However, in its detuned state it made a very reliable and pleasant road car, and really possessed considerable speed. On the way up to Shelsley one time, I recollect being passed with a rush by Earl Howe on an Alfa-Romeo. Thinking it it would be amusing to hitch my wagon to a star, I gave chase and the Bentley held the speed of his car quite easily. Perhaps he was merely loitering. In such competitions as were entered, nothing was done to the car by way of tuning ; its only successes were at a Vintage meeting near Hartley Whitney when it won two Classes and was second
in another. Lewes was tried without success, and also in 1936 the car finished fifth in the Bentley Drivers’ Club Race at the October Brooklands meeting, the flying lap being 103 m.p.h. Then at the beginning of last year, I heard of a more or less standard blower Bentley which had been prepared for an Outer Circuit race at Brooklands, had lapped at 123 in practice, with full equipment and been rejected by the stewards as tub fast for the entrant, who was new to Brooklands racing. I discovered it had been prepared by Louis Giron at Hampton Court, and to him I forthwith repaired, to see what could. be done about mine. He quickly discovered that a rebore and new valve guides would be necessary, and that the compression ratio was actually lower than standard I Thus the missing 1,000 revs, were ex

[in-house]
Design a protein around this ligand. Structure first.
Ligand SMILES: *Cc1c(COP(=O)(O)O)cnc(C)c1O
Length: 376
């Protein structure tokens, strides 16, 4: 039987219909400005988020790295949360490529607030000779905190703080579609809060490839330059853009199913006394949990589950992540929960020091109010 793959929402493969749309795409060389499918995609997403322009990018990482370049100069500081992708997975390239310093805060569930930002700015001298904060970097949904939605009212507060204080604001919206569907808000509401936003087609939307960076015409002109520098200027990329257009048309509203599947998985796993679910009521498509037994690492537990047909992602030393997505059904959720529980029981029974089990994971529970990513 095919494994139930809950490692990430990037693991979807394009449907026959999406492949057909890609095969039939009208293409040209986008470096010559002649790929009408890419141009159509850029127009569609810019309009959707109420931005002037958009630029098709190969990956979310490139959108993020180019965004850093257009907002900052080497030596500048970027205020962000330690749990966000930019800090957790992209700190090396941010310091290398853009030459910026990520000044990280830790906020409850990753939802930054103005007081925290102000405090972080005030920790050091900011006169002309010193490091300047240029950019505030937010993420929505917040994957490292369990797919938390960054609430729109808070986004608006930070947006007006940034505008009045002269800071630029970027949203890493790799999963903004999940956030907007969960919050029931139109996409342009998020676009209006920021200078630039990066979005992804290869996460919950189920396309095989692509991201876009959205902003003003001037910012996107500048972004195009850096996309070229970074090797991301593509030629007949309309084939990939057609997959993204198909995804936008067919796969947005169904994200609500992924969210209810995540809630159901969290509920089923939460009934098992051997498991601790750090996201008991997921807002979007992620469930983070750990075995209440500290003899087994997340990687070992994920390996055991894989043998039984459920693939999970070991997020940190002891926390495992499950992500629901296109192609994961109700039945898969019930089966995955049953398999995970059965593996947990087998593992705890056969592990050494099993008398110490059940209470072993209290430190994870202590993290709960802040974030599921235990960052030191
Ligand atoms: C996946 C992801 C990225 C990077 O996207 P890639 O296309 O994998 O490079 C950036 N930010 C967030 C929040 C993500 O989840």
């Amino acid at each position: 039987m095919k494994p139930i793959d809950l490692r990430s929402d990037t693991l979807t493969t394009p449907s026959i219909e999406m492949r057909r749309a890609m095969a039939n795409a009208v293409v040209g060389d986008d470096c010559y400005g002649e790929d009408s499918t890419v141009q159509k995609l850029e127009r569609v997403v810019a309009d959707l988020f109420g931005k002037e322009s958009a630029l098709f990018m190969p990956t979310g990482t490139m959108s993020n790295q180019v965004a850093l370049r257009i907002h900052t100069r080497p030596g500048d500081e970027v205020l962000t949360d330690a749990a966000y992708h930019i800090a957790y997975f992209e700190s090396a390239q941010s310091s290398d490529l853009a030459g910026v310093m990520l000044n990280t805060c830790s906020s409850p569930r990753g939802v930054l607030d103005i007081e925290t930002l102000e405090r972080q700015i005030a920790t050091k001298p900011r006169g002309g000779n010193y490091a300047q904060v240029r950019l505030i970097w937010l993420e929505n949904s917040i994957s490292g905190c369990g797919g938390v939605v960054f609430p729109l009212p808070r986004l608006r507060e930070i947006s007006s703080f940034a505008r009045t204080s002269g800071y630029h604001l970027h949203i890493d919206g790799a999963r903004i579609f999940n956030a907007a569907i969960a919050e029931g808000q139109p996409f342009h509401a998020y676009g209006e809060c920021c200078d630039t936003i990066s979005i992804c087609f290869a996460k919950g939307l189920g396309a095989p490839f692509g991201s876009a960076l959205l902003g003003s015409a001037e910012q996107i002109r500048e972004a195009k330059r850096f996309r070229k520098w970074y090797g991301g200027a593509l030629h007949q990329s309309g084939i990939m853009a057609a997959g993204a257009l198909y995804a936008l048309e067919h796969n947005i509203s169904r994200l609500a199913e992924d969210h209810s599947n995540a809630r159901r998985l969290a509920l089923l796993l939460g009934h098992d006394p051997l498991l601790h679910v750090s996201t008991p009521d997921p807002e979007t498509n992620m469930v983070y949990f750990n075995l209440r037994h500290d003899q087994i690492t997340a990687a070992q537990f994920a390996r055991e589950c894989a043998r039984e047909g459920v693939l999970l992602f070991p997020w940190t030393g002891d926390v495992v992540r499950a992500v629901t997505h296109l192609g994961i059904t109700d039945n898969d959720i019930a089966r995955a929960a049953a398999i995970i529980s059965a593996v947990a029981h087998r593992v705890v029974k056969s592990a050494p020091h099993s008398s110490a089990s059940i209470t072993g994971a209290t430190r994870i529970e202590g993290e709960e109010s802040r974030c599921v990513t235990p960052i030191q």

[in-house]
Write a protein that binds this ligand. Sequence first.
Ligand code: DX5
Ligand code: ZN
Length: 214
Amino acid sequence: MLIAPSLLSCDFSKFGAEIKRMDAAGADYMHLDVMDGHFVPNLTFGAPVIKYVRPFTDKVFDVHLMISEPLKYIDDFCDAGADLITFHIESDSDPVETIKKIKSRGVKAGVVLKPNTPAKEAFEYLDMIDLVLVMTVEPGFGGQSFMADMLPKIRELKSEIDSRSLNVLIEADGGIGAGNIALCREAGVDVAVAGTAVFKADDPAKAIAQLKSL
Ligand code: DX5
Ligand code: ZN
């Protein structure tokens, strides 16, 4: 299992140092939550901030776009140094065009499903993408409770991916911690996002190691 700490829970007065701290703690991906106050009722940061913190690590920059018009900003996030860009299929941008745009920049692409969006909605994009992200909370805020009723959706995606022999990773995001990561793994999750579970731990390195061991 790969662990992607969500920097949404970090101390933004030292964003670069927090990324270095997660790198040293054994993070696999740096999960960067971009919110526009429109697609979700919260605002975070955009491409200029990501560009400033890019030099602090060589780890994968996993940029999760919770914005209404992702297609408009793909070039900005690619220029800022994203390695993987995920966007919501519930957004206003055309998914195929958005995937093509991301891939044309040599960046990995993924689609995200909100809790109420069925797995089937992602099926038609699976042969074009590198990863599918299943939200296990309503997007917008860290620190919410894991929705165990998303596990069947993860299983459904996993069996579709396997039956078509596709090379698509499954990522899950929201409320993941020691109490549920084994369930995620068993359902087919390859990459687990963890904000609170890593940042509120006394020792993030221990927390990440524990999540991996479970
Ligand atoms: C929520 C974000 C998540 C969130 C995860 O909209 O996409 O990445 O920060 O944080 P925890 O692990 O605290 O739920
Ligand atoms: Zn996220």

plained. New Martlett pistons were fitted, bringing the compression up to 6.5 to 1, and the original S.U. carburetters, which were showing some signs of wear, replaced by two Zenith Triple Diffusers, most remarkable instruments which seem to give an amazing urge high up in the speed range. The brakes came in for a lot of attention and were very greatly improved. Several detail modifications were carried out, including the fitting of a beautiful little air pump driven by a propeller, to maintain pressure in the fuel tank on long runs—and a great joy it has proved. Eventually the car was completed and run in, and it was evident that a great improvement had been effected. During carburetter tests at Brooklands, it went up to 120 m.p.h. with consummate ease on fairly soft plugs, Champion R.1 on the exhaust side and R.3 On the inlet. The urge at high speed was fascinating ; 100 m.p.h. for instance could be held
‘comfortably on half throttle, and even from that speed, the oomph which. was forthcoming was quite astonishing. This success encouraged me to enter for the United Hospitals and Vintage